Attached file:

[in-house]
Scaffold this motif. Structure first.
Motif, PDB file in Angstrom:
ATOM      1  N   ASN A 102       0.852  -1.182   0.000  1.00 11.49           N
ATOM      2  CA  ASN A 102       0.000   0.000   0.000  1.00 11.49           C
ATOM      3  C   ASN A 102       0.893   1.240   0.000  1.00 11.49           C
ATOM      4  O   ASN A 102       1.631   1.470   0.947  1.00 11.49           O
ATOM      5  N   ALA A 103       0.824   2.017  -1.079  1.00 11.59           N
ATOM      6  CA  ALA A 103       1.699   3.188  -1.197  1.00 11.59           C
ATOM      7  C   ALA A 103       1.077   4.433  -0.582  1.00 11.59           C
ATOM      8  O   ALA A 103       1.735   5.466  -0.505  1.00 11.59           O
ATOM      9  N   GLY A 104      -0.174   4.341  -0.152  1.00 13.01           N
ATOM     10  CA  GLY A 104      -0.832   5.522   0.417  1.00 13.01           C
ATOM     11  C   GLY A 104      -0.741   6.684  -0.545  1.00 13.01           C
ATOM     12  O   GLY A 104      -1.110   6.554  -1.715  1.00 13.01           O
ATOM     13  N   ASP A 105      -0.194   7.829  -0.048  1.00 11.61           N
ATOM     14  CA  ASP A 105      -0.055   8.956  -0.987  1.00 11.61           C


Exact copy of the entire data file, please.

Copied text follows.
[in-house]
Scaffold this motif. Structure first.
Motif, PDB file in Angstrom:
ATOM      1  N   ASN A 102       0.852  -1.182   0.000  1.00 11.49           N
ATOM      2  CA  ASN A 102       0.000   0.000   0.000  1.00 11.49           C
ATOM      3  C   ASN A 102       0.893   1.240   0.000  1.00 11.49           C
ATOM      4  O   ASN A 102       1.631   1.470   0.947  1.00 11.49           O
ATOM      5  N   ALA A 103       0.824   2.017  -1.079  1.00 11.59           N
ATOM      6  CA  ALA A 103       1.699   3.188  -1.197  1.00 11.59           C
ATOM      7  C   ALA A 103       1.077   4.433  -0.582  1.00 11.59           C
ATOM      8  O   ALA A 103       1.735   5.466  -0.505  1.00 11.59           O
ATOM      9  N   GLY A 104      -0.174   4.341  -0.152  1.00 13.01           N
ATOM     10  CA  GLY A 104      -0.832   5.522   0.417  1.00 13.01           C
ATOM     11  C   GLY A 104      -0.741   6.684  -0.545  1.00 13.01           C
ATOM     12  O   GLY A 104      -1.110   6.554  -1.715  1.00 13.01           O
ATOM     13  N   ASP A 105      -0.194   7.829  -0.048  1.00 11.61           N
ATOM     14  CA  ASP A 105      -0.055   8.956  -0.987  1.00 11.61           C